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					Law and Valuation                               -1-                                     May 11, 2001



         VALUING CLOSELY HELD CORPORATIONS IN NORTH
      CAROLINA: ROYALS V. PIEDMONT ELECTRIC REPAIR CO. AND
                  PRACTICAL CONSIDERATIONS
                                        Harrison Hall
                                        May 11, 2001
                              Law and Valuation – Spring 2001
                                 Professor Alan R. Palmiter
                             Wake Forest University School of Law


   DESCRIPTION

   This paper discusses the method North Carolina courts use to value closely held
   corporations upon dissolution proceedings brought by complaining shareholders.
   Specifically it will analyze the impact of “practical considerations” on those valuations.
   It concludes that PERCO, the only North Carolina case to reduce an award of fair value
   for “practical considerations,” was decided wrongly. In an attempt to protect minority
   shareholders, it inadvertently deprived them rights to which they are entitled.


   ABSTRACT

   The North Carolina legislature and courts have long recognized the need for fair
   adjudication of problems that arise in closely held corporations. North Carolina has
   become a leader in the field of minority shareholder rights and remedies within closely
   held corporations. However, North Carolina‟s valuation of minority interests and its
   determination of fair value has become distorted and actually takes away rights to which
   minority shareholders are entitled.

   The first case decided after Meiselman, and thus after the revocation of 55-125 and
   promulgation of 55-14-30, was Royals v. Piedmont Electric Repair Co. v. Royals,
   decided by the North Carolina Business Court. This case is of Seminole importance
   because of its thorough discussion of the pertinent valuation issues. Most notably, its
   discussion of the various applicable discounts is of interest and raises an important issue.

   The determining factor for the court was the price it thought Buck and/or PERCO could
   pay without having dissolve PERCO. The court was wary of effectively ordering
   liquidation of PERCO. If dissolution had resulted, the court believed the minority would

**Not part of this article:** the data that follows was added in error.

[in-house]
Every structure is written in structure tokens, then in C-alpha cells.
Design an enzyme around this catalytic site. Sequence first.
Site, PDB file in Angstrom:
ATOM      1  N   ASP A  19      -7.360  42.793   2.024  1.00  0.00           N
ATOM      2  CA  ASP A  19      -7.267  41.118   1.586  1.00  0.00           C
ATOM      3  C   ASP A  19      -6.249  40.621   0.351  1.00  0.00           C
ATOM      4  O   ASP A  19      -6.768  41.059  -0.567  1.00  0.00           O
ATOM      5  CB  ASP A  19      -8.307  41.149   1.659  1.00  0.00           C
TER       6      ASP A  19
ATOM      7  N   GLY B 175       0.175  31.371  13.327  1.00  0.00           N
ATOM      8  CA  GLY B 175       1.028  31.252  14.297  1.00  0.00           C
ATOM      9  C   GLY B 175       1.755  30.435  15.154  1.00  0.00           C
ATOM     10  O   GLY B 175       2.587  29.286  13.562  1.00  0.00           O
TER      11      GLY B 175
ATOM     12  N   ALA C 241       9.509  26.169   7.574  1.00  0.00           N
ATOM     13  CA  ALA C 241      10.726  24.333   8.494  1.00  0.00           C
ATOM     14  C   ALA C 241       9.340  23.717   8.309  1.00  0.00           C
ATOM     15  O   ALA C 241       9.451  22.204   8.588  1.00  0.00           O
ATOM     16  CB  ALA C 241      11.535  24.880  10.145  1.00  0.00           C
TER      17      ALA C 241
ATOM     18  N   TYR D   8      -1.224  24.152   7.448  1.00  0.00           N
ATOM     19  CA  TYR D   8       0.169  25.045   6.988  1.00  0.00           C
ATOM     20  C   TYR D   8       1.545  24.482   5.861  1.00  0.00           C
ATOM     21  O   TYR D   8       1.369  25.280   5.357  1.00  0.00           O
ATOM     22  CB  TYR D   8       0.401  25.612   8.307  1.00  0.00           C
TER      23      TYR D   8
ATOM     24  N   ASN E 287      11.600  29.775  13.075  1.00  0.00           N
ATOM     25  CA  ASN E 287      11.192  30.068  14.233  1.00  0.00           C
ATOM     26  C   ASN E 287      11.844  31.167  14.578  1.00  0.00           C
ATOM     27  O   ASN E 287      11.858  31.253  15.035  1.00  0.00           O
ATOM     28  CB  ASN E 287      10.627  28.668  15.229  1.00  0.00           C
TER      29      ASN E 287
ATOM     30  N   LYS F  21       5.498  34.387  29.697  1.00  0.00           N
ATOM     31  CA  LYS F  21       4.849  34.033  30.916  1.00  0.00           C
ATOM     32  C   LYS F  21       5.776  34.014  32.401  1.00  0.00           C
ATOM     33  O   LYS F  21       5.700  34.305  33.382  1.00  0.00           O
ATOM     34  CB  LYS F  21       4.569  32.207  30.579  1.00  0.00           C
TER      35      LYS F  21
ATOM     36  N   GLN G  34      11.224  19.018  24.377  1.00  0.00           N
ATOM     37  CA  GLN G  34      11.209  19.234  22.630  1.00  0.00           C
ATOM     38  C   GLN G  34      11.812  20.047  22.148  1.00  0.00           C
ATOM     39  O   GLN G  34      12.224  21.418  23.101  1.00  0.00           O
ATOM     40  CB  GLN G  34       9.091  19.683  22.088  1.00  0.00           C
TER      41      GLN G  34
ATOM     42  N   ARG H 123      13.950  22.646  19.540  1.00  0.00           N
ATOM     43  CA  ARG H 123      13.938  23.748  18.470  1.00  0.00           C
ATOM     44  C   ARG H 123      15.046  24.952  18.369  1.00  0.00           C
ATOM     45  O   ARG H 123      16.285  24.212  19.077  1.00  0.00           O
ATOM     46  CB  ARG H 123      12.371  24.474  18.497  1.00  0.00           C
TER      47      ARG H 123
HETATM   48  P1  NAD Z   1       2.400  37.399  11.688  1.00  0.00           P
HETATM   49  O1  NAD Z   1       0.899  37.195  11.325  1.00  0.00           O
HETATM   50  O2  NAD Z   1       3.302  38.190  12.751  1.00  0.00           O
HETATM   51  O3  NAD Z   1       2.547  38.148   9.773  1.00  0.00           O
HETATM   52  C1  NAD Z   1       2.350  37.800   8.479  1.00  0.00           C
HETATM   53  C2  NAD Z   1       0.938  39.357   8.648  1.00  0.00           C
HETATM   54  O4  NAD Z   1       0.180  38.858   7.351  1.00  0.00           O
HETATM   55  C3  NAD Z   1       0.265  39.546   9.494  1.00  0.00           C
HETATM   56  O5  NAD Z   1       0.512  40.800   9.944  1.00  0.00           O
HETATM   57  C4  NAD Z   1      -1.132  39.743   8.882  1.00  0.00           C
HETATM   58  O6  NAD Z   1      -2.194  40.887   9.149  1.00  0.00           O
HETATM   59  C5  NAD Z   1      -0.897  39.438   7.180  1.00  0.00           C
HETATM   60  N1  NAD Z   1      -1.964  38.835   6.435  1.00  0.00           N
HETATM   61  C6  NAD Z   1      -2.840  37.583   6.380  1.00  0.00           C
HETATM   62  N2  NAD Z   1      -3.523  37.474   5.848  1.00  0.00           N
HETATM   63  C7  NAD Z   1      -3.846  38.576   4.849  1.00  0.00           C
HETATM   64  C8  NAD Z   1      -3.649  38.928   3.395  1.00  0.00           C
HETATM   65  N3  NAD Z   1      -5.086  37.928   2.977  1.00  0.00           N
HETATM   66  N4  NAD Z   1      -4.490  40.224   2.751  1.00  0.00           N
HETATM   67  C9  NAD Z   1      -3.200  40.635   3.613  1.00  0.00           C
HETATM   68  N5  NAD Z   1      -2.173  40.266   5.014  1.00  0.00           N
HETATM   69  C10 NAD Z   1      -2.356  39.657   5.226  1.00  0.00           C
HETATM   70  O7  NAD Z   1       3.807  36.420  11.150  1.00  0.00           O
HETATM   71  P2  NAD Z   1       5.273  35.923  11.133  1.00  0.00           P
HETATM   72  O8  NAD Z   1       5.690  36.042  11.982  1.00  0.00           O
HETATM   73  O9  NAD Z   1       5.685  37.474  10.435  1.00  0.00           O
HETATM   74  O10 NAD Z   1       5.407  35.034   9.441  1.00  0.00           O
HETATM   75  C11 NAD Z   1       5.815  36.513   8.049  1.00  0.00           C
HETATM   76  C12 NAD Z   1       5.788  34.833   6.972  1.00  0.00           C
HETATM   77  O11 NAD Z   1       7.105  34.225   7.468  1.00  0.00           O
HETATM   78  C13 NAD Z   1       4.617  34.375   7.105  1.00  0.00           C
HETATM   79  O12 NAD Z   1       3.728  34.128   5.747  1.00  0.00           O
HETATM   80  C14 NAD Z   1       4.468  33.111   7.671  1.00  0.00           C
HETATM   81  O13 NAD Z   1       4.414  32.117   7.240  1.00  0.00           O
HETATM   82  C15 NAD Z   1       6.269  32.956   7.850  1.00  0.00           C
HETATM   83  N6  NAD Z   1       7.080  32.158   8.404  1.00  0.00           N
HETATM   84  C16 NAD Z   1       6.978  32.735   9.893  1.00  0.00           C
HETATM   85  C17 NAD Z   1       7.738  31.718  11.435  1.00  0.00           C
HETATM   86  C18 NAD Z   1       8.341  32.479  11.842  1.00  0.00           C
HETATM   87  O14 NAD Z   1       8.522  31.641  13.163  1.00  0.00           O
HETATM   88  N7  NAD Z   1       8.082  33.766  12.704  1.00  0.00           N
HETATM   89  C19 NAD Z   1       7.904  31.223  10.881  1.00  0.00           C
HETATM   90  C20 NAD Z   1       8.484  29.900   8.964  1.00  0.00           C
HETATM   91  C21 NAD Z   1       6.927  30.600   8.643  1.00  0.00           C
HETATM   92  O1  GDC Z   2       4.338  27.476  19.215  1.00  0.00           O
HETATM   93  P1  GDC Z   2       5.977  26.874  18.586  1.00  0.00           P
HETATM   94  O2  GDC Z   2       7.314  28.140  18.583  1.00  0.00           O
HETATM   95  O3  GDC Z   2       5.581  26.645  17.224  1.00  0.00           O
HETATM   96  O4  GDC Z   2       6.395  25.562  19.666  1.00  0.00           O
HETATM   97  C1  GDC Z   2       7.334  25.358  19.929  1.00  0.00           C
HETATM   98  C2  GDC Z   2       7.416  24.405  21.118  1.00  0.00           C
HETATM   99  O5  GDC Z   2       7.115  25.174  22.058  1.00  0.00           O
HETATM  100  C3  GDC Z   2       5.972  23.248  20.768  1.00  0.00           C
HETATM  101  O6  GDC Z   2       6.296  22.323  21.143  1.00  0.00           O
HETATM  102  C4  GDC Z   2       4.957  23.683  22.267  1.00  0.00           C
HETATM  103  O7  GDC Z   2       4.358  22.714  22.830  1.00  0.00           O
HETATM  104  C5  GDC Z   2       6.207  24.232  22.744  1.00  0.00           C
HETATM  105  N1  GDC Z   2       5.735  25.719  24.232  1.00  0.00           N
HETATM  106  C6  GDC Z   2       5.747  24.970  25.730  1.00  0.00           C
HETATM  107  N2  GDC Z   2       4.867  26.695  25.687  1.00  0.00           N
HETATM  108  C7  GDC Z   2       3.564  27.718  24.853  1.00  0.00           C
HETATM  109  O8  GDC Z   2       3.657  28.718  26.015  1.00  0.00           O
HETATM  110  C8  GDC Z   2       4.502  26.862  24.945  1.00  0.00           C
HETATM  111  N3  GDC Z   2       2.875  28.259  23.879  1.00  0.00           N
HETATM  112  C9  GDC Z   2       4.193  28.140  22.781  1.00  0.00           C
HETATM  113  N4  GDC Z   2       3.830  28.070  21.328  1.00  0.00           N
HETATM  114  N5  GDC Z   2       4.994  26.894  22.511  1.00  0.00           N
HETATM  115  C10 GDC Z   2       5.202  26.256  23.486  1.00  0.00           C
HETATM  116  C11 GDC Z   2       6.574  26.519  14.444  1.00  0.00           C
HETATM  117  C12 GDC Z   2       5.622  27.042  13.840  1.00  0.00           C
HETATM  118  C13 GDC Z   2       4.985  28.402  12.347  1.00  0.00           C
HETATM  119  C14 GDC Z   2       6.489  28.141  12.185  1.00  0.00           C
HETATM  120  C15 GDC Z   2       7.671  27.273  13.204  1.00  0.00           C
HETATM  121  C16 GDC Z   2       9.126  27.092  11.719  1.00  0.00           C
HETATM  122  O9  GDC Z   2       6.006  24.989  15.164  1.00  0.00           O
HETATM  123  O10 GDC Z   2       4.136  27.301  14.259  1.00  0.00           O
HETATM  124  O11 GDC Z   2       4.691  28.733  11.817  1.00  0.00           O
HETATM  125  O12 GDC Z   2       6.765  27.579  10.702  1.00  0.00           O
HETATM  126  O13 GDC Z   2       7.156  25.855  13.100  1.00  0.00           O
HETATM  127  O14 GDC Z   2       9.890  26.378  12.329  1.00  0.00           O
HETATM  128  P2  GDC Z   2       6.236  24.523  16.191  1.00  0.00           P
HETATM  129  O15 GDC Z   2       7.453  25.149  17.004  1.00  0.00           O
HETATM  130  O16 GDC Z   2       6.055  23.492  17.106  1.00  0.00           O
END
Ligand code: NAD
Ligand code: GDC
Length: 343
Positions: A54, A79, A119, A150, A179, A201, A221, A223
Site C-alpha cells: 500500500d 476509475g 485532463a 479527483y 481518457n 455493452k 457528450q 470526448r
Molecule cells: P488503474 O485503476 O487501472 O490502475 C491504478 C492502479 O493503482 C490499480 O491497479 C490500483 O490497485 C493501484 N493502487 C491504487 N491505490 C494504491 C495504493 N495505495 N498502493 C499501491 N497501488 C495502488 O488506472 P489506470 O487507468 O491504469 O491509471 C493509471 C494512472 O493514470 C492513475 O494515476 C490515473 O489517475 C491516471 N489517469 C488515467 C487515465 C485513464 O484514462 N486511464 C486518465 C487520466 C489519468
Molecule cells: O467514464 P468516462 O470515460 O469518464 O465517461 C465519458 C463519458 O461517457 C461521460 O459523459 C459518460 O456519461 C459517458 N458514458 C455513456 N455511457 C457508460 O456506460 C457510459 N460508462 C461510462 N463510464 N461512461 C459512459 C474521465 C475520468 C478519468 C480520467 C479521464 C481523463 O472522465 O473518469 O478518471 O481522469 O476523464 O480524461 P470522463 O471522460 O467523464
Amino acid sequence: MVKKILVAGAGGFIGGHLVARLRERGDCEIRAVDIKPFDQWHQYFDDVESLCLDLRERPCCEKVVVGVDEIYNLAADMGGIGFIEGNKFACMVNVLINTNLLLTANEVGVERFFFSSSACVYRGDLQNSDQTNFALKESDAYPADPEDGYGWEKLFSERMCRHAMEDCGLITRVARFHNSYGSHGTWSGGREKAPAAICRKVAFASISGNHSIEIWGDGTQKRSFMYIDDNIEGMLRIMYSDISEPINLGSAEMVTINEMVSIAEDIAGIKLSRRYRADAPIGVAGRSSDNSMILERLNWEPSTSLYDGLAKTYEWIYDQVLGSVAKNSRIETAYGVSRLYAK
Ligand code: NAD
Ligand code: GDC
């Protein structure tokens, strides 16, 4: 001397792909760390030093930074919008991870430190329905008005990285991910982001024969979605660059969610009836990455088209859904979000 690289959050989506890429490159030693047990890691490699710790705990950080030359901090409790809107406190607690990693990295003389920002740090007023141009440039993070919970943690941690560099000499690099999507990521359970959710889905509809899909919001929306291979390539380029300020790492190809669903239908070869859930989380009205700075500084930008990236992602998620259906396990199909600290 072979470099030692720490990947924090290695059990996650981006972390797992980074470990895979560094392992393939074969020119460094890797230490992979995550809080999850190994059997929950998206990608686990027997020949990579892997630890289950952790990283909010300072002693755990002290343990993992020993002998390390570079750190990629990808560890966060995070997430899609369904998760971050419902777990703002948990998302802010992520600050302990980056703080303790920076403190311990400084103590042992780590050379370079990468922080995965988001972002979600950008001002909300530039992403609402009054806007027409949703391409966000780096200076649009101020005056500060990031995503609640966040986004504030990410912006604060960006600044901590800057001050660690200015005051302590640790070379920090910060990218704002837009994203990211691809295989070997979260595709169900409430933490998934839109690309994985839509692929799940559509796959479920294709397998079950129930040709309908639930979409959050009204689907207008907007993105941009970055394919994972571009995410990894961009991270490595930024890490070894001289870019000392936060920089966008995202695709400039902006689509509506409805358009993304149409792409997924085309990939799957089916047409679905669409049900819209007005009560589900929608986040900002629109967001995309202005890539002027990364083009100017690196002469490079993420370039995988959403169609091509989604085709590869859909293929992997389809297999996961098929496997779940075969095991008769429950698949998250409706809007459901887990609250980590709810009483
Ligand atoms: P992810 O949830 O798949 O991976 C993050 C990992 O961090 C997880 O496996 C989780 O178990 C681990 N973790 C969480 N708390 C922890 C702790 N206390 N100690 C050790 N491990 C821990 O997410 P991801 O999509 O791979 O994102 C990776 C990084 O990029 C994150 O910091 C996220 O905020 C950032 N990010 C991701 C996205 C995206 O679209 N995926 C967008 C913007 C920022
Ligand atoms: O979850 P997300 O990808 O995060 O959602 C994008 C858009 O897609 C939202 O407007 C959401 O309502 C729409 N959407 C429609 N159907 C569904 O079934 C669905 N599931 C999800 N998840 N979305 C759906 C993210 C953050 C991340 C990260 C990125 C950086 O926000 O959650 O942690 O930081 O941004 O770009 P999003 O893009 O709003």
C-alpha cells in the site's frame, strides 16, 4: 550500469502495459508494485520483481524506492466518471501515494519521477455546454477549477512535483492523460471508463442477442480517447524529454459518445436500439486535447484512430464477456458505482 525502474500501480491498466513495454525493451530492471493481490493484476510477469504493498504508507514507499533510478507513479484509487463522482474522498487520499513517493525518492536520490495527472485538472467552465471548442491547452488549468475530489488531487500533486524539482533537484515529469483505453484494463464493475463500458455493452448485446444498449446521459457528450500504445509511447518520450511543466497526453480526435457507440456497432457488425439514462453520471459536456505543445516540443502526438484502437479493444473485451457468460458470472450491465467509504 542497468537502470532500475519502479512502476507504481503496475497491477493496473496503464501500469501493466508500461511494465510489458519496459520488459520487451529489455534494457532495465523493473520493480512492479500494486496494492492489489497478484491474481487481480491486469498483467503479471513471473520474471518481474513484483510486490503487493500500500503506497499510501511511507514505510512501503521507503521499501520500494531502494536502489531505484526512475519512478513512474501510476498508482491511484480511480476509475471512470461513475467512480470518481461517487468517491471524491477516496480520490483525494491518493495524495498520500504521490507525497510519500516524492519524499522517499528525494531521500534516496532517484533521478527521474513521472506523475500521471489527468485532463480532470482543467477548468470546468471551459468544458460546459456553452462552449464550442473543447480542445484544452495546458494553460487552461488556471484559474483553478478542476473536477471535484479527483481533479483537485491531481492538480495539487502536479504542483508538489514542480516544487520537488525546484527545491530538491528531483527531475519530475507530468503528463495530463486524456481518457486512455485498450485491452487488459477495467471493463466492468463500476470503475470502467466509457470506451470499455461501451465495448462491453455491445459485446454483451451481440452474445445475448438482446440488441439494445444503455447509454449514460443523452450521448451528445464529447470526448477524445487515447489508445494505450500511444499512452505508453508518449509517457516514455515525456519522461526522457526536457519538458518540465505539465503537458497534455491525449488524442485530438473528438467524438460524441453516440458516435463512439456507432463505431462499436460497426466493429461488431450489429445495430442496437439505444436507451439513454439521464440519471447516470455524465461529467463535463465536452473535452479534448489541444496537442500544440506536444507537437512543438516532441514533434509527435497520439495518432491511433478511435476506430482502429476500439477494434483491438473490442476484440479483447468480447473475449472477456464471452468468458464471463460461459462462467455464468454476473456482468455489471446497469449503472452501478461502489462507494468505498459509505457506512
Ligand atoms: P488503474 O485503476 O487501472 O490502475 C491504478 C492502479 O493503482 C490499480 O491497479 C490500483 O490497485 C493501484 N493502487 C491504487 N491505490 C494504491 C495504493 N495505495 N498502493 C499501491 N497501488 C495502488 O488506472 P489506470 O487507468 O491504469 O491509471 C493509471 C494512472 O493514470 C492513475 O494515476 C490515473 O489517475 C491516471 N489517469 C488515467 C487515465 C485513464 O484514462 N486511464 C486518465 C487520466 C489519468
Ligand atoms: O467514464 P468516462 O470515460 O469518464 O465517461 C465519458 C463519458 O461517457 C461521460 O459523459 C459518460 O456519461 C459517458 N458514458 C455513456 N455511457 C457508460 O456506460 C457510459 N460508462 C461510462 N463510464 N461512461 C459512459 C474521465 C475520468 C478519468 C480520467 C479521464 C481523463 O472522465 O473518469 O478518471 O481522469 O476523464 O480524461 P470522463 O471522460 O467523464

have gotten much less than they actually received. The court reduced the independent
   valuators determination of fair value from $846 per share to $635 per share. The just
   remedy would have been for the court to award the minority shareholder her full fair
   value, $846 per share. Under 55-14-30 and 31, she is entitled to $846. Just because the
   court does not believe that she will be able to collect the full amount for her shares does
   not mean that to what see is legally entitled should be reduced.
Law and Valuation                                -2-                                      May 11, 2001


   The court in PERCO overstepped its bounds. By failing to consider the practical
   outcome of its decision, the court denied the minority shareholder a right to which she
   was entitled.


   TEXT


                                         I. Introduction

   North Carolina is home to many small, often family owned, textile, furniture, and retail
   companies. Many of these businesses are organized as closely held corporations.
   Because these businesses form the backbone of the local economy, their well-being is
   vital to North Carolina. The North Carolina legislature and courts have long recognized
   the need for fair adjudication of problems that arise in closely held corporations.1
   Therefore, North Carolina has become a leader in the field of minority shareholder rights
   and remedies within closely held corporations. As a result, North Carolina‟s corporate
   dissolution statute allows for liberal relief from a majority‟s frustration of minority
   expectations.2 However, North Carolina‟s valuation of minority interests and its
   determination of fair value has become distorted and actually takes away rights to which
   minority shareholders are entitled.3

   This paper will discuss the method North Carolina courts use to value closely held
   corporations upon dissolution proceedings brought by complaining shareholders.
   Specifically it will analyze the impact of “practical considerations” on those valuations.4
   First, it will set a foundation for its analysis by detailing the basis for relief for minority
   shareholders who feel their reasonable expectations are frustrated by the majority.
   Second, it will discuss the valuation methods employed by North Carolina courts and the
   applicability of minority and marketability discounts used to reach “fair value.”5 Finally,
   the paper will analyze the use of “practical considerations” in the determination of fair